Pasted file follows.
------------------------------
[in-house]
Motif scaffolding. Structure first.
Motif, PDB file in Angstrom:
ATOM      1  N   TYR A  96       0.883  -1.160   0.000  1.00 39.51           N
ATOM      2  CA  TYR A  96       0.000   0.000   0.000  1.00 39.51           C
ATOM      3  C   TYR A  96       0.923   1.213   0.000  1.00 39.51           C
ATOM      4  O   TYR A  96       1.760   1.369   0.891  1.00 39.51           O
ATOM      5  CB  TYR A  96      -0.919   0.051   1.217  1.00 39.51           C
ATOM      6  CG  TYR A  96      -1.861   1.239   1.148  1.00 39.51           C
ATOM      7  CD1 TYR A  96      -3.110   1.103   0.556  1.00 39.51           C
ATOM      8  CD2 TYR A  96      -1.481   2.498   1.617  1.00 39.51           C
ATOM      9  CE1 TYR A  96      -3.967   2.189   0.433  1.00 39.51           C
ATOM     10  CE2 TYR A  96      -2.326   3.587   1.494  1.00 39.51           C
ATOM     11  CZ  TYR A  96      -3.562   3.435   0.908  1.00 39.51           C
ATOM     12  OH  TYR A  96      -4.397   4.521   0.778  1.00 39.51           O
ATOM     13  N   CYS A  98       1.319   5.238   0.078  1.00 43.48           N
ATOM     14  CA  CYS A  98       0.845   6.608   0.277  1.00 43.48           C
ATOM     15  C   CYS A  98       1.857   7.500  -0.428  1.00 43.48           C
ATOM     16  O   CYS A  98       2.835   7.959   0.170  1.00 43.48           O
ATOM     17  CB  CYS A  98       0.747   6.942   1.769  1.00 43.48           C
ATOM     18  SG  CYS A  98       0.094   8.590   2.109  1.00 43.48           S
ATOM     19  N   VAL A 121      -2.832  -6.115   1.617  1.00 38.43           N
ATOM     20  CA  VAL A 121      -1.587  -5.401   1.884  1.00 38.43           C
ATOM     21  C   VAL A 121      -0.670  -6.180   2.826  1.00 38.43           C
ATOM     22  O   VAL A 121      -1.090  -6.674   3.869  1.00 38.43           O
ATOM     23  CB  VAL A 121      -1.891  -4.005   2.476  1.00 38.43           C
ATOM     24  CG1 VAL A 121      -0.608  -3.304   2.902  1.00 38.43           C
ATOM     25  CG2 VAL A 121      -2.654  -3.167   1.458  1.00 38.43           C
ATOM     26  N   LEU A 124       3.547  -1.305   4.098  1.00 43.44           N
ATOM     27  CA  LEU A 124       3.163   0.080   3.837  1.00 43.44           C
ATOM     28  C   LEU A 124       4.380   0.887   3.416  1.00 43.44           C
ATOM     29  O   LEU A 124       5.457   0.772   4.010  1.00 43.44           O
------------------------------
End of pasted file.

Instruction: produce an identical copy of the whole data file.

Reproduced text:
[in-house]
Motif scaffolding. Structure first.
Motif, PDB file in Angstrom:
ATOM      1  N   TYR A  96       0.883  -1.160   0.000  1.00 39.51           N
ATOM      2  CA  TYR A  96       0.000   0.000   0.000  1.00 39.51           C
ATOM      3  C   TYR A  96       0.923   1.213   0.000  1.00 39.51           C
ATOM      4  O   TYR A  96       1.760   1.369   0.891  1.00 39.51           O
ATOM      5  CB  TYR A  96      -0.919   0.051   1.217  1.00 39.51           C
ATOM      6  CG  TYR A  96      -1.861   1.239   1.148  1.00 39.51           C
ATOM      7  CD1 TYR A  96      -3.110   1.103   0.556  1.00 39.51           C
ATOM      8  CD2 TYR A  96      -1.481   2.498   1.617  1.00 39.51           C
ATOM      9  CE1 TYR A  96      -3.967   2.189   0.433  1.00 39.51           C
ATOM     10  CE2 TYR A  96      -2.326   3.587   1.494  1.00 39.51           C
ATOM     11  CZ  TYR A  96      -3.562   3.435   0.908  1.00 39.51           C
ATOM     12  OH  TYR A  96      -4.397   4.521   0.778  1.00 39.51           O
ATOM     13  N   CYS A  98       1.319   5.238   0.078  1.00 43.48           N
ATOM     14  CA  CYS A  98       0.845   6.608   0.277  1.00 43.48           C
ATOM     15  C   CYS A  98       1.857   7.500  -0.428  1.00 43.48           C
ATOM     16  O   CYS A  98       2.835   7.959   0.170  1.00 43.48           O
ATOM     17  CB  CYS A  98       0.747   6.942   1.769  1.00 43.48           C
ATOM     18  SG  CYS A  98       0.094   8.590   2.109  1.00 43.48           S
ATOM     19  N   VAL A 121      -2.832  -6.115   1.617  1.00 38.43           N
ATOM     20  CA  VAL A 121      -1.587  -5.401   1.884  1.00 38.43           C
ATOM     21  C   VAL A 121      -0.670  -6.180   2.826  1.00 38.43           C
ATOM     22  O   VAL A 121      -1.090  -6.674   3.869  1.00 38.43           O
ATOM     23  CB  VAL A 121      -1.891  -4.005   2.476  1.00 38.43           C
ATOM     24  CG1 VAL A 121      -0.608  -3.304   2.902  1.00 38.43           C
ATOM     25  CG2 VAL A 121      -2.654  -3.167   1.458  1.00 38.43           C
ATOM     26  N   LEU A 124       3.547  -1.305   4.098  1.00 43.44           N
ATOM     27  CA  LEU A 124       3.163   0.080   3.837  1.00 43.44           C
ATOM     28  C   LEU A 124       4.380   0.887   3.416  1.00 43.44           C
ATOM     29  O   LEU A 124       5.457   0.772   4.010  1.00 43.44           O